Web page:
7.14.13 (A.Nusinov)

7.14.13 (A.Nusinov)

This is not a new rift in the community. It has always been there. In ’97 there was a camp of fans who became disenchanted with Phish’s change of pace—literally and figuratively. These fans longed for the speedier, guitar-led jams that they had grown up with and couldn’t wrap their head around the fact that this change could actually represent evolution and not destruction. Many of these fans missed ’97, ’98 and ’99 only to kick themselves later. Many stayed away until 3.0! If one is so caught up in glorifying an era or style of the past—or the past at all—he will, necessarily, not value the present nearly as much as someone who believes (read: understands) that the past has led Phish to their more evolved music dynamic of toaday. Many of these fans still see the 3.0 era as nostalgia and whatever-era-in-the-past as inherently untouchable. But that’s a fool’s perspective. Listen to the jams of 2012 and 2013 and try to tell me that they aren’t the among the most egoless, democratic conversations of the band’s 30 year career. You can’t. Everything has led to now.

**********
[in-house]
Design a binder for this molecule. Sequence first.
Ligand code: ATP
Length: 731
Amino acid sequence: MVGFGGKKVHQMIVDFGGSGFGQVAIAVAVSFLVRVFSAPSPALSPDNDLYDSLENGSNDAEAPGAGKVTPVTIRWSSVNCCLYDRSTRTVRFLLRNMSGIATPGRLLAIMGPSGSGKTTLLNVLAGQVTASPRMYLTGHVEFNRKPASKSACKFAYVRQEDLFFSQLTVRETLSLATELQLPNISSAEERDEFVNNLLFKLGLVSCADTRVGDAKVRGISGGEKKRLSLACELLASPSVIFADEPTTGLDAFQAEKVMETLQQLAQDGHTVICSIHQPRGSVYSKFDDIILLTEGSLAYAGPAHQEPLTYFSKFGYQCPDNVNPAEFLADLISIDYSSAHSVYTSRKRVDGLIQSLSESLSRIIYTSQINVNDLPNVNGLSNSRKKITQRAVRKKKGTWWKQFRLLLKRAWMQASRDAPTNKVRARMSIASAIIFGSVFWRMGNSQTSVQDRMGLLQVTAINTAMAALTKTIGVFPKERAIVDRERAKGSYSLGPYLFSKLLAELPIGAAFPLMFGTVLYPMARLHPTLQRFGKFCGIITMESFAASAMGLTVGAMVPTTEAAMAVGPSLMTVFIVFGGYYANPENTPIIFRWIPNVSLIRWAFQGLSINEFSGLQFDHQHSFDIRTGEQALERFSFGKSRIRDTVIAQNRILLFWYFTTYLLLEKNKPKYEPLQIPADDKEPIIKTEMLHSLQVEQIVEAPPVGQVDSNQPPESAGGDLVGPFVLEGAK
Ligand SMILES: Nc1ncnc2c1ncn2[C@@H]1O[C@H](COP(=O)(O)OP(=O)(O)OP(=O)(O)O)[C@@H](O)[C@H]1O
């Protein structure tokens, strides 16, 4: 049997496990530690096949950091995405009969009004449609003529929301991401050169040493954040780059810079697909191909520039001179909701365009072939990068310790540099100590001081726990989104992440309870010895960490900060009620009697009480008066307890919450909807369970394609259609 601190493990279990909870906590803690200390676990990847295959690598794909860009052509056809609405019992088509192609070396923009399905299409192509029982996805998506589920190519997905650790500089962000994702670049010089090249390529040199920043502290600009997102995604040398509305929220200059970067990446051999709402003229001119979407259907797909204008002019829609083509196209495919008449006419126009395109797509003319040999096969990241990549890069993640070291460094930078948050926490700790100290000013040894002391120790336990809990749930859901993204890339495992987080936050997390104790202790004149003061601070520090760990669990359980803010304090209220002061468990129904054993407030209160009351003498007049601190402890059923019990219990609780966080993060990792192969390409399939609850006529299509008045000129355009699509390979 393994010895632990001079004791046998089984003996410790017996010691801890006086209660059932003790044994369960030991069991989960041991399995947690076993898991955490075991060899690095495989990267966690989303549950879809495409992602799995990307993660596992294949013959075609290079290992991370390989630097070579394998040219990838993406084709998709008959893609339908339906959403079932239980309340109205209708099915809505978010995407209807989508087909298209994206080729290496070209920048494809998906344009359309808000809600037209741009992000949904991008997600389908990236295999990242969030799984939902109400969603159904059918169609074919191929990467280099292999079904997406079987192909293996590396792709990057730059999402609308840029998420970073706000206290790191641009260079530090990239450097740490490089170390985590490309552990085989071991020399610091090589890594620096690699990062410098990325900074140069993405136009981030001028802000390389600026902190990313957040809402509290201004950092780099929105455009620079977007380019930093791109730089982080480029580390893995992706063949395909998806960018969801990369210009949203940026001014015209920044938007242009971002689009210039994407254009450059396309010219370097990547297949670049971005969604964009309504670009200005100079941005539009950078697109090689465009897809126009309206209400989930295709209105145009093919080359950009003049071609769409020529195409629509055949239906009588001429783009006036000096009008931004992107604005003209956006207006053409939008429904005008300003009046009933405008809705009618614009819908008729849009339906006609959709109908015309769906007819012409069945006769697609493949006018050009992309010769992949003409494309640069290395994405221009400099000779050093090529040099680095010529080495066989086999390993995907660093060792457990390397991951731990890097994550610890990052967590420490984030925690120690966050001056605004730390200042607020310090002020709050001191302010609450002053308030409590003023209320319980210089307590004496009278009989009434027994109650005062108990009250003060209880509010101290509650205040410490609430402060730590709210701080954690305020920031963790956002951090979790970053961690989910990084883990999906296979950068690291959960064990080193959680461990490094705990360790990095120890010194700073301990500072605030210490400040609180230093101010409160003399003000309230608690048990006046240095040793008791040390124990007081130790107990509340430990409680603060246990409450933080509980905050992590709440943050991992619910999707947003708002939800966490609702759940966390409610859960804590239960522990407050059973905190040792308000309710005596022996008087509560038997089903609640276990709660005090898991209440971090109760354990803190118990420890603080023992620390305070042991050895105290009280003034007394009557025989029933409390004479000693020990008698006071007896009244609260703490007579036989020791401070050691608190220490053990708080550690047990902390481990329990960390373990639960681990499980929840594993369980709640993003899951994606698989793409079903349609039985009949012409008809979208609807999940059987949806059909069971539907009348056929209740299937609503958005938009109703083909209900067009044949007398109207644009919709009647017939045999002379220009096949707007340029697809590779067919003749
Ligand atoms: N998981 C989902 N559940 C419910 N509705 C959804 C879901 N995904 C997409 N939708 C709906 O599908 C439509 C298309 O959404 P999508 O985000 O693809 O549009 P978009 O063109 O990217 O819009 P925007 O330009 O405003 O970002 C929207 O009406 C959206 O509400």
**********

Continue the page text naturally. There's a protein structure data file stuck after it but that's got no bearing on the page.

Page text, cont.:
12.29.13 (J.Silco)

12.29.13 (J.Silco)

Phish’s improvisational skills are at an all-time high. They may not play the fastest or the funkiest that they ever have, but their jam-to-jam diversity, creativity and consistency is unmatched at any other point in their career. The guys routinely code-switch between improvisational feels, refuse to get stuck in any stylistic rut, and jam with an unparalleled level of democracy. Simply put—Phish are the smartest musicians they have ever been. One would be hard-pressed to argue that point. Perhaps they don’t practice like they used to and don’t nail all their compositions (though they’ve been doing better in this area), perhaps they don’t play with the speed and ferocity of 25-year olds at age 50, and maybe they jam slightly less than they did once did. Phish’s improvisational ideas, however, are as creative as ever and when they do open things up, the results—as proven over the past couple years—are most often sublime. Perhaps modern Phish isn’t one’s favorite era, but anyone would be hard-pressed to argue against the evolutionary thread that is evident throughout the band’s career; a thread that has led us to another high-water mark for the legendary quartet from Vermont.